Nursing Specialties for Clinical Nurse Specialists
Clinical nurse specialists are a special type of advanced practice nurse. Although they do not directly assess, diagnose and treat patients like nurse practitioners, they are integral to the functioning of the nursing unit. They are responsible for the education of the nurses under them and are often involved in research projects in the facility. A clinical nurse specialist will review data of patient outcomes and come up with solutions for how to improve those situations. Like nurse practitioners, clinical nurse specialists specialize in different types of nursing. For instance, a nurse could focus on adult health, with a Adult-Gerontology Clinical Nurse Specialist Certification. Clinical nurse specialists are also involved in gerontology, pediatrics, public health and mental health. These nurses are the experts in the nursing profession, and their certification marks them as an authority.
Accredited Nursing Specialists Certification Programs
The two organizations that accredit nursing certification programs are the American Board for Specialty Nursing Certification (ABSNC) and the National Commission for Certifying Agencies (NCCA). The ABSNC only accredits nursing programs, the NCCA accredits other types of programs as well. These groups are self-regulating, they comply with industry standards and professional benchmarks. There continues to be disagreements and debate in the field about some accreditation standards and their interpretation. Not all nursing groups choose to be accredited. Accreditation is a lengthy process that indicates a certification program meets the standards established by the accreditation body. Some smaller, newer certification programs, do not yet have the infrastructure in place to become accredited. All programs listed on Nursing License Map are accredited by either the ABSNC or NCCA.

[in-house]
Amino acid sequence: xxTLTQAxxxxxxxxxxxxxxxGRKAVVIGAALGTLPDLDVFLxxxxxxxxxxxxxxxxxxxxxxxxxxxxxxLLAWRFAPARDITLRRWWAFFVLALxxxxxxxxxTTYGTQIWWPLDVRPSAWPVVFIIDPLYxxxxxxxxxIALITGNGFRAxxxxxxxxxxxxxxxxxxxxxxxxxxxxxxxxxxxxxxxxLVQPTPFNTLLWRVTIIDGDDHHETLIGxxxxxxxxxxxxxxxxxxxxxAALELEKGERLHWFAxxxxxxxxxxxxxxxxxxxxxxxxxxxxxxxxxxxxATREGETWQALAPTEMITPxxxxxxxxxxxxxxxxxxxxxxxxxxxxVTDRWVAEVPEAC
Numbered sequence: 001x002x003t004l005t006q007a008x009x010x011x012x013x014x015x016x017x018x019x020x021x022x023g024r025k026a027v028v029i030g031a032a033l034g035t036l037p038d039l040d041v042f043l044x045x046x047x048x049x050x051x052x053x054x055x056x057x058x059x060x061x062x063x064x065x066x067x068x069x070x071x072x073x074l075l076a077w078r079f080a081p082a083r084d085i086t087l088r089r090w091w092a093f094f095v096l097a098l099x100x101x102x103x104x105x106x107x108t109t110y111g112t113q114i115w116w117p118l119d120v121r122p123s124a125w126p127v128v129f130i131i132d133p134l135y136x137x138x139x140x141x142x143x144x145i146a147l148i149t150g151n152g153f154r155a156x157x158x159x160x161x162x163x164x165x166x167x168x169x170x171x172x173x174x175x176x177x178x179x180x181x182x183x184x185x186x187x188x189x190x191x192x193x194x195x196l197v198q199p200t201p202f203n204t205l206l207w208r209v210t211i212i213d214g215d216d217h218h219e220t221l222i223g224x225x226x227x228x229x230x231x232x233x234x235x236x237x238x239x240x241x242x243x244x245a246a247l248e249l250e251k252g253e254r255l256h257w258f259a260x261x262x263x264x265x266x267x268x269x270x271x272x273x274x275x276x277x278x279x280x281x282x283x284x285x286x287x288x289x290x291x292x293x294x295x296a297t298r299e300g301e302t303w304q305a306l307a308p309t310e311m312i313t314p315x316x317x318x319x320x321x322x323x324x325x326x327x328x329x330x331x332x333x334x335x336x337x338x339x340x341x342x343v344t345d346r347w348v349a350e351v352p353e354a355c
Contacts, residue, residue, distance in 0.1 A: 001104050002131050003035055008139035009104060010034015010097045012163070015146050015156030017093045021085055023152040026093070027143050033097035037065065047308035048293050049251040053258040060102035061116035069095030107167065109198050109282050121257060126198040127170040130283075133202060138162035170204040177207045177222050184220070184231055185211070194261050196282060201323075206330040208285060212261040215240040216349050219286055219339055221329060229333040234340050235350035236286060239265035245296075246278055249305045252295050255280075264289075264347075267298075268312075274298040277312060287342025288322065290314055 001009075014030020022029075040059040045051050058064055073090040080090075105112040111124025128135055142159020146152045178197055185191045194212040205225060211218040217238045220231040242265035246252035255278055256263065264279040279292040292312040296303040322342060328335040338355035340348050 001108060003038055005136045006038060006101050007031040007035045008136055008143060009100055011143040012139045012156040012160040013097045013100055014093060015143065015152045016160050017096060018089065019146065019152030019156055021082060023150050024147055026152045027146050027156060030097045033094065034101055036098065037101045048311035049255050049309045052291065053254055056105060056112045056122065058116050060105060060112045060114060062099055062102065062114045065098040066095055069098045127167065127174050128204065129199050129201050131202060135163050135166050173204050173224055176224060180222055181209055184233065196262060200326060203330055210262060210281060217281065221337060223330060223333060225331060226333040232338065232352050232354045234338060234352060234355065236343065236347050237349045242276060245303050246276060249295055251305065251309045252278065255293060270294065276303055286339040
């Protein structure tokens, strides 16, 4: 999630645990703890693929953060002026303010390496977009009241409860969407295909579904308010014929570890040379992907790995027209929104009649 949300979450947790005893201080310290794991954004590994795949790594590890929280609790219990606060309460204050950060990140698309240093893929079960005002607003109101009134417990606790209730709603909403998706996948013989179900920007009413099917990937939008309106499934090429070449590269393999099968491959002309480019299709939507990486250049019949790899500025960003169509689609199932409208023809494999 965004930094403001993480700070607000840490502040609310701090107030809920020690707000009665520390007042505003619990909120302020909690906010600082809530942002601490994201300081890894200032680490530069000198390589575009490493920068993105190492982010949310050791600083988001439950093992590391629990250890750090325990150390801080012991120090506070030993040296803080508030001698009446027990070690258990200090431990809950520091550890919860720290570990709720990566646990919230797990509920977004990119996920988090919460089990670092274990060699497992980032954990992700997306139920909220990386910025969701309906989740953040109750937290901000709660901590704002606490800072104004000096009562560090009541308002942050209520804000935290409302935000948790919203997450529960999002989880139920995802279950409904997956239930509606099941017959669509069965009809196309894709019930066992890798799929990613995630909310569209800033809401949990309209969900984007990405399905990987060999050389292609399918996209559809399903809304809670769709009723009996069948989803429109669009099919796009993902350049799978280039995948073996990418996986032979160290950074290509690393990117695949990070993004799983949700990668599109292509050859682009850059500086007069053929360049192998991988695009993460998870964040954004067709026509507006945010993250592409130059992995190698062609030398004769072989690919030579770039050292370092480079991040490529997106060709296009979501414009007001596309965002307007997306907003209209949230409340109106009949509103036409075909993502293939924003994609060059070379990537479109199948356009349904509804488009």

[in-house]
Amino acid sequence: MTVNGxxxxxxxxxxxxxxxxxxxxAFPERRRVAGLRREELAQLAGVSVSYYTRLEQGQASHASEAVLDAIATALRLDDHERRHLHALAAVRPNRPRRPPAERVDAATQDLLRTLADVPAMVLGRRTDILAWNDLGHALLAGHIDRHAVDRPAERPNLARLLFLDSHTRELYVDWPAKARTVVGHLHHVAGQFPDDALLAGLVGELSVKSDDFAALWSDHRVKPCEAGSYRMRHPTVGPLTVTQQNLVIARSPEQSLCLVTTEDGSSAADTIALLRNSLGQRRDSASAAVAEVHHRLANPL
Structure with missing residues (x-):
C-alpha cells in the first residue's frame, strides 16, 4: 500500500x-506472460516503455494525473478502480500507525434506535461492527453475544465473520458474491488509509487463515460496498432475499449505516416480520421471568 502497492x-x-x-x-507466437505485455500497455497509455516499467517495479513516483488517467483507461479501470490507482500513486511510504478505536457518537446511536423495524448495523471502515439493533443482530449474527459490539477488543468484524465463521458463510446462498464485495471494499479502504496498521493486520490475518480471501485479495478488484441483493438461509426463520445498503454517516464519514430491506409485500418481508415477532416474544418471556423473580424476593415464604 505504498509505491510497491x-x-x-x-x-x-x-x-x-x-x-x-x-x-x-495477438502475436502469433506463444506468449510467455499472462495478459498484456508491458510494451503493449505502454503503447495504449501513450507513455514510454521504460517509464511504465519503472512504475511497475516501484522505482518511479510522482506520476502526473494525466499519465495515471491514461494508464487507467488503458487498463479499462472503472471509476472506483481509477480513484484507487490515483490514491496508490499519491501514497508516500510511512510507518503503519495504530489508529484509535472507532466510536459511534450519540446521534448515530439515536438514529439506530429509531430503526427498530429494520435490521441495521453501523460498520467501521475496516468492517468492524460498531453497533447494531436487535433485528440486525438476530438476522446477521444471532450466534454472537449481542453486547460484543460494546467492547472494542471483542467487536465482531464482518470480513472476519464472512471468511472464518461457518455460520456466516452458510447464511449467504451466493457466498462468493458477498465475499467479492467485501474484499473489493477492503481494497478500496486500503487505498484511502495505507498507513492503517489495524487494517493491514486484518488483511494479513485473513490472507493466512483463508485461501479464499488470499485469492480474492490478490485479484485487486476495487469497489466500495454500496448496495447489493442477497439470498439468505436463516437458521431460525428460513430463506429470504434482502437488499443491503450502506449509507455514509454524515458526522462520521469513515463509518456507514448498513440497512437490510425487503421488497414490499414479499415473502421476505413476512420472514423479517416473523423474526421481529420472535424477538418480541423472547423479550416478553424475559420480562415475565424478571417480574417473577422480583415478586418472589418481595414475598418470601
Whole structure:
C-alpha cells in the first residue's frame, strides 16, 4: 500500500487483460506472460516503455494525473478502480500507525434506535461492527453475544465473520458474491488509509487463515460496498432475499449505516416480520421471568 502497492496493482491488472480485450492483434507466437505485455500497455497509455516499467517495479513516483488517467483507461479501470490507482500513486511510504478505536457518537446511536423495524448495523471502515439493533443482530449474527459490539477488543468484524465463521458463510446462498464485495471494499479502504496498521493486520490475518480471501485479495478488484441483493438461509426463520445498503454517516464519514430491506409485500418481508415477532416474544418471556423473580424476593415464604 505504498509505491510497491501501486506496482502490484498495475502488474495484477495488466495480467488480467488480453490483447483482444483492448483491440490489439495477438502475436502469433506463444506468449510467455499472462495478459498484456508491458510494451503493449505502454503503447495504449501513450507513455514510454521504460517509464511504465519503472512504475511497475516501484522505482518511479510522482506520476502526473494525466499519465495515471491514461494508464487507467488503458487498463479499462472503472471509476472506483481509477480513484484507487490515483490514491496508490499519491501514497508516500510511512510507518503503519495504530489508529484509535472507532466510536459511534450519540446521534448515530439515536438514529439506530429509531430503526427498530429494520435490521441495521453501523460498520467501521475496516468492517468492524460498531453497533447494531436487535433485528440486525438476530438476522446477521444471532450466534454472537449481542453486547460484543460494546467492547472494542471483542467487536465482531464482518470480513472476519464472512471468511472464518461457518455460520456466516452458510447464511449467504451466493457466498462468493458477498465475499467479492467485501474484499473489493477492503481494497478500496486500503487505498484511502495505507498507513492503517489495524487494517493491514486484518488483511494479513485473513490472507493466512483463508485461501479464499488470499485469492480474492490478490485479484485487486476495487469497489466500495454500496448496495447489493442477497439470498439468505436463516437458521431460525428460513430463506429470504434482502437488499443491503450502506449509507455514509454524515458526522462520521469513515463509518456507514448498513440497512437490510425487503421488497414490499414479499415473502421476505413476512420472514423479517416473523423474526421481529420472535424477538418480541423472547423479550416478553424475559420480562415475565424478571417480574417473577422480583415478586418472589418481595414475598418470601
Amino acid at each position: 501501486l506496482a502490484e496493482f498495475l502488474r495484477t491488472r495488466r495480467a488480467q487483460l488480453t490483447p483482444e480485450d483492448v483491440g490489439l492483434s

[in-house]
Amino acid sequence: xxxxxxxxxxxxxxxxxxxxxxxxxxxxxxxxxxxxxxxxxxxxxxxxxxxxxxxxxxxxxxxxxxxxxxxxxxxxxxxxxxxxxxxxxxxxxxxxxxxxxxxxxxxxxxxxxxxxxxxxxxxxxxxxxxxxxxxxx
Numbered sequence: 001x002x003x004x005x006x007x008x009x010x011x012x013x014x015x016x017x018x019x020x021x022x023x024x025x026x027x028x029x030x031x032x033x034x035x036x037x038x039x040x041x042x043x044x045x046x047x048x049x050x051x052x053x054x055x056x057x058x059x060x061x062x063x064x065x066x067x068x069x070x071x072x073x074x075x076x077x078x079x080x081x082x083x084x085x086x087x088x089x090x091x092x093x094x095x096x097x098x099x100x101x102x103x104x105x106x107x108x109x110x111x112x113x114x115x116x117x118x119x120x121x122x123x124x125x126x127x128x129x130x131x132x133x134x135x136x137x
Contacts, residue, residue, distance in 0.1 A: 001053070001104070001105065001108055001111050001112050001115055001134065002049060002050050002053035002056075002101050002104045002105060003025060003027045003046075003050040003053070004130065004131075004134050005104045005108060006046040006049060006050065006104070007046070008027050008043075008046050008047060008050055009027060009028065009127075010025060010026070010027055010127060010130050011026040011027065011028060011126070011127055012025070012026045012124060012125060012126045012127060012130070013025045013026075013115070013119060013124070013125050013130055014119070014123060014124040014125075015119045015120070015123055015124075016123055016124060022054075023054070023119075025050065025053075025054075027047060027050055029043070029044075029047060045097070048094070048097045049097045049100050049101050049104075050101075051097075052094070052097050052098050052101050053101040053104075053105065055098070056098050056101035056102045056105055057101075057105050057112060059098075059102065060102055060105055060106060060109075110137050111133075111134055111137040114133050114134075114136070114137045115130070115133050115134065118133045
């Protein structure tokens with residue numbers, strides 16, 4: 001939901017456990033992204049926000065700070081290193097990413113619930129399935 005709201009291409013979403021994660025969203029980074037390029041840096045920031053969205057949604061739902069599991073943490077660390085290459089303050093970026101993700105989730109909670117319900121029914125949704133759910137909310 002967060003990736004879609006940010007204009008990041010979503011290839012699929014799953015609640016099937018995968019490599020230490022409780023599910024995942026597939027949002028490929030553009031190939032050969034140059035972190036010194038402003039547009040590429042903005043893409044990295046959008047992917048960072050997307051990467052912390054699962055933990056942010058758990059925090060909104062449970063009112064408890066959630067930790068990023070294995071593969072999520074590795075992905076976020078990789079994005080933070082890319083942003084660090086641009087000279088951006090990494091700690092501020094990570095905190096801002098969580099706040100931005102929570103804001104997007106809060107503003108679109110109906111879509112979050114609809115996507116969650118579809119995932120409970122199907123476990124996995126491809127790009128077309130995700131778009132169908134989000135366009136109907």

Sometimes nursing certification organizations retire certifications. There is no industry-wide criteria for retiring a certification program but the usual reason is that the demand for the specialty certification is small. When an organization retires a certification, it usually give the nurses who are certified in that specialty years of notice. They let them keep their credential active until it is time to renew it and then do not continue through renewal. At that time they require them to not use the credential. Some organizations subsume a certification program into another program and will grandfather the retiring credential into the new program.
For Additional Information on Specialization:
- Advanced Public Health Nurse Practitioner
- Cardiac Vascular Nurse Practitioner
- Case Management Nurse
- Gastroenterology Nurse
- Informatics Nurse
- Medical-Surgical Nurse
- Neuroscience Nurse
- Nurse Executive
- Occupational Health Nurse Practitioner
- Oncology Nurse Practitioner
- Orthopedic Nurse Practitioner
- Pediatric Nurse Practitioner
- Post Anesthesia Nurse